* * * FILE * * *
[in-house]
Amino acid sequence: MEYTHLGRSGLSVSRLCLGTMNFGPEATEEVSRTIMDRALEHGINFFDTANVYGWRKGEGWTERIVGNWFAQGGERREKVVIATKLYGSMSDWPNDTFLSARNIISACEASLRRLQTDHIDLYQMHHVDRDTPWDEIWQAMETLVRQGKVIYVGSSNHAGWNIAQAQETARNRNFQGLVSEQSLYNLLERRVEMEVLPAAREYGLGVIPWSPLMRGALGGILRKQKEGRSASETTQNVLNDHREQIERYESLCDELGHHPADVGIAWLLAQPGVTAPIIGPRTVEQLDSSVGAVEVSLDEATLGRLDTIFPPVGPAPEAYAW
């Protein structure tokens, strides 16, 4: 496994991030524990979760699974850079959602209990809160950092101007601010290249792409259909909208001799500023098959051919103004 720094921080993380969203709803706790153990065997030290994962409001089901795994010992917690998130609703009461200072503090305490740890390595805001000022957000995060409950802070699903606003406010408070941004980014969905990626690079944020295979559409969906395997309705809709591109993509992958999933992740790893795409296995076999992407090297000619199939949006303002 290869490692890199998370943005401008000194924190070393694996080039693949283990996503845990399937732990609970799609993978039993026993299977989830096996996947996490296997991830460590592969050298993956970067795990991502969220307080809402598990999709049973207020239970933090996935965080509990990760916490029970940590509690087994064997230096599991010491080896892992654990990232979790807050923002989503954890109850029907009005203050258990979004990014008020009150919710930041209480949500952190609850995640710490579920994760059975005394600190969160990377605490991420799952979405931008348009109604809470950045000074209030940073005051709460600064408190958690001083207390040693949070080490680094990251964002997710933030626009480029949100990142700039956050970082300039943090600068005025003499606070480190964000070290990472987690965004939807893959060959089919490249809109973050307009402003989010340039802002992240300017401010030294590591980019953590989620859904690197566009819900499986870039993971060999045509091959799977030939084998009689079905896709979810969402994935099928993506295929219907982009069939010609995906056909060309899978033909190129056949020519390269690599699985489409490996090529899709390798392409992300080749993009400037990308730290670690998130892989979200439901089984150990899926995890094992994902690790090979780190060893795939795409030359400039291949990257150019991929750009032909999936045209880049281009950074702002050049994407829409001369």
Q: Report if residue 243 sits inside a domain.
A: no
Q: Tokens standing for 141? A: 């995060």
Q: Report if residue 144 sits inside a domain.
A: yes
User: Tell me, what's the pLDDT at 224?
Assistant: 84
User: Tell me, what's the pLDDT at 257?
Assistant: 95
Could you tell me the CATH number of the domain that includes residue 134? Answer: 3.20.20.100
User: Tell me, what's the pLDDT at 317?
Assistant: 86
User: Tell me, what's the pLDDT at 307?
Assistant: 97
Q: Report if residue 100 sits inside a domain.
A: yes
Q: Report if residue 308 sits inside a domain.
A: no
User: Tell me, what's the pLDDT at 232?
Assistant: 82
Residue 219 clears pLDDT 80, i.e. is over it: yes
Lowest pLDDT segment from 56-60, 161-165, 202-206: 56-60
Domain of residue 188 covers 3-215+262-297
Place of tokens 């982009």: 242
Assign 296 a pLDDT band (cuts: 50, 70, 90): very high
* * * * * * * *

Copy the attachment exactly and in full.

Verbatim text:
[in-house]
Amino acid sequence: MEYTHLGRSGLSVSRLCLGTMNFGPEATEEVSRTIMDRALEHGINFFDTANVYGWRKGEGWTERIVGNWFAQGGERREKVVIATKLYGSMSDWPNDTFLSARNIISACEASLRRLQTDHIDLYQMHHVDRDTPWDEIWQAMETLVRQGKVIYVGSSNHAGWNIAQAQETARNRNFQGLVSEQSLYNLLERRVEMEVLPAAREYGLGVIPWSPLMRGALGGILRKQKEGRSASETTQNVLNDHREQIERYESLCDELGHHPADVGIAWLLAQPGVTAPIIGPRTVEQLDSSVGAVEVSLDEATLGRLDTIFPPVGPAPEAYAW
């Protein structure tokens, strides 16, 4: 496994991030524990979760699974850079959602209990809160950092101007601010290249792409259909909208001799500023098959051919103004 720094921080993380969203709803706790153990065997030290994962409001089901795994010992917690998130609703009461200072503090305490740890390595805001000022957000995060409950802070699903606003406010408070941004980014969905990626690079944020295979559409969906395997309705809709591109993509992958999933992740790893795409296995076999992407090297000619199939949006303002 290869490692890199998370943005401008000194924190070393694996080039693949283990996503845990399937732990609970799609993978039993026993299977989830096996996947996490296997991830460590592969050298993956970067795990991502969220307080809402598990999709049973207020239970933090996935965080509990990760916490029970940590509690087994064997230096599991010491080896892992654990990232979790807050923002989503954890109850029907009005203050258990979004990014008020009150919710930041209480949500952190609850995640710490579920994760059975005394600190969160990377605490991420799952979405931008348009109604809470950045000074209030940073005051709460600064408190958690001083207390040693949070080490680094990251964002997710933030626009480029949100990142700039956050970082300039943090600068005025003499606070480190964000070290990472987690965004939807893959060959089919490249809109973050307009402003989010340039802002992240300017401010030294590591980019953590989620859904690197566009819900499986870039993971060999045509091959799977030939084998009689079905896709979810969402994935099928993506295929219907982009069939010609995906056909060309899978033909190129056949020519390269690599699985489409490996090529899709390798392409992300080749993009400037990308730290670690998130892989979200439901089984150990899926995890094992994902690790090979780190060893795939795409030359400039291949990257150019991929750009032909999936045209880049281009950074702002050049994407829409001369």
Q: Report if residue 243 sits inside a domain.
A: no
Q: Tokens standing for 141? A: 């995060």
Q: Report if residue 144 sits inside a domain.
A: yes
User: Tell me, what's the pLDDT at 224?
Assistant: 84
User: Tell me, what's the pLDDT at 257?
Assistant: 95
Could you tell me the CATH number of the domain that includes residue 134? Answer: 3.20.20.100
User: Tell me, what's the pLDDT at 317?
Assistant: 86
User: Tell me, what's the pLDDT at 307?
Assistant: 97
Q: Report if residue 100 sits inside a domain.
A: yes
Q: Report if residue 308 sits inside a domain.
A: no
User: Tell me, what's the pLDDT at 232?
Assistant: 82
Residue 219 clears pLDDT 80, i.e. is over it: yes
Lowest pLDDT segment from 56-60, 161-165, 202-206: 56-60
Domain of residue 188 covers 3-215+262-297
Place of tokens 């982009």: 242
Assign 296 a pLDDT band (cuts: 50, 70, 90): very high